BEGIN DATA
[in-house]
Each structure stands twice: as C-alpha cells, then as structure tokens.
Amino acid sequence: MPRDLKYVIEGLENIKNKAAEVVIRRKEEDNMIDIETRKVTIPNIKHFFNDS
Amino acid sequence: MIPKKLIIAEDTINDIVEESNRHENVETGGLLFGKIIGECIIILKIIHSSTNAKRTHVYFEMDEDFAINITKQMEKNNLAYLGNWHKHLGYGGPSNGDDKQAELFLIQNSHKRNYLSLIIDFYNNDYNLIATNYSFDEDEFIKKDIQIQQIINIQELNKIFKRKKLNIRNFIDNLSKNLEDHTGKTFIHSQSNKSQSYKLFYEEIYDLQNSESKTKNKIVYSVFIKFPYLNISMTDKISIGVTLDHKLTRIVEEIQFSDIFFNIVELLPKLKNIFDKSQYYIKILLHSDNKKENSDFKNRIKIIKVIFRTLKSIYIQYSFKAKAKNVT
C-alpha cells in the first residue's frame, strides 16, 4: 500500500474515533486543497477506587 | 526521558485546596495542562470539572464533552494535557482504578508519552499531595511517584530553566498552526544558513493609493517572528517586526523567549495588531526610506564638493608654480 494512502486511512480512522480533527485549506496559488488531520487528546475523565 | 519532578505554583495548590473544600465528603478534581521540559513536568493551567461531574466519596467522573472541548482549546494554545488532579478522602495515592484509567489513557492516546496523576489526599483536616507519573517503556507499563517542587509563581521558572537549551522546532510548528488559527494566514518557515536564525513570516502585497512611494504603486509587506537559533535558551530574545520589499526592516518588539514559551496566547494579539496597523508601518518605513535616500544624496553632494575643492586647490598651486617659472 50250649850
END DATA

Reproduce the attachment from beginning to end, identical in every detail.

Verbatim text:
[in-house]
Each structure stands twice: as C-alpha cells, then as structure tokens.
Amino acid sequence: MPRDLKYVIEGLENIKNKAAEVVIRRKEEDNMIDIETRKVTIPNIKHFFNDS
Amino acid sequence: MIPKKLIIAEDTINDIVEESNRHENVETGGLLFGKIIGECIIILKIIHSSTNAKRTHVYFEMDEDFAINITKQMEKNNLAYLGNWHKHLGYGGPSNGDDKQAELFLIQNSHKRNYLSLIIDFYNNDYNLIATNYSFDEDEFIKKDIQIQQIINIQELNKIFKRKKLNIRNFIDNLSKNLEDHTGKTFIHSQSNKSQSYKLFYEEIYDLQNSESKTKNKIVYSVFIKFPYLNISMTDKISIGVTLDHKLTRIVEEIQFSDIFFNIVELLPKLKNIFDKSQYYIKILLHSDNKKENSDFKNRIKIIKVIFRTLKSIYIQYSFKAKAKNVT
C-alpha cells in the first residue's frame, strides 16, 4: 500500500474515533486543497477506587 | 526521558485546596495542562470539572464533552494535557482504578508519552499531595511517584530553566498552526544558513493609493517572528517586526523567549495588531526610506564638493608654480 494512502486511512480512522480533527485549506496559488488531520487528546475523565 | 519532578505554583495548590473544600465528603478534581521540559513536568493551567461531574466519596467522573472541548482549546494554545488532579478522602495515592484509567489513557492516546496523576489526599483536616507519573517503556507499563517542587509563581521558572537549551522546532510548528488559527494566514518557515536564525513570516502585497512611494504603486509587506537559533535558551530574545520589499526592516518588539514559551496566547494579539496597523508601518518605513535616500544624496553632494575643492586647490598651486617659472 50250649850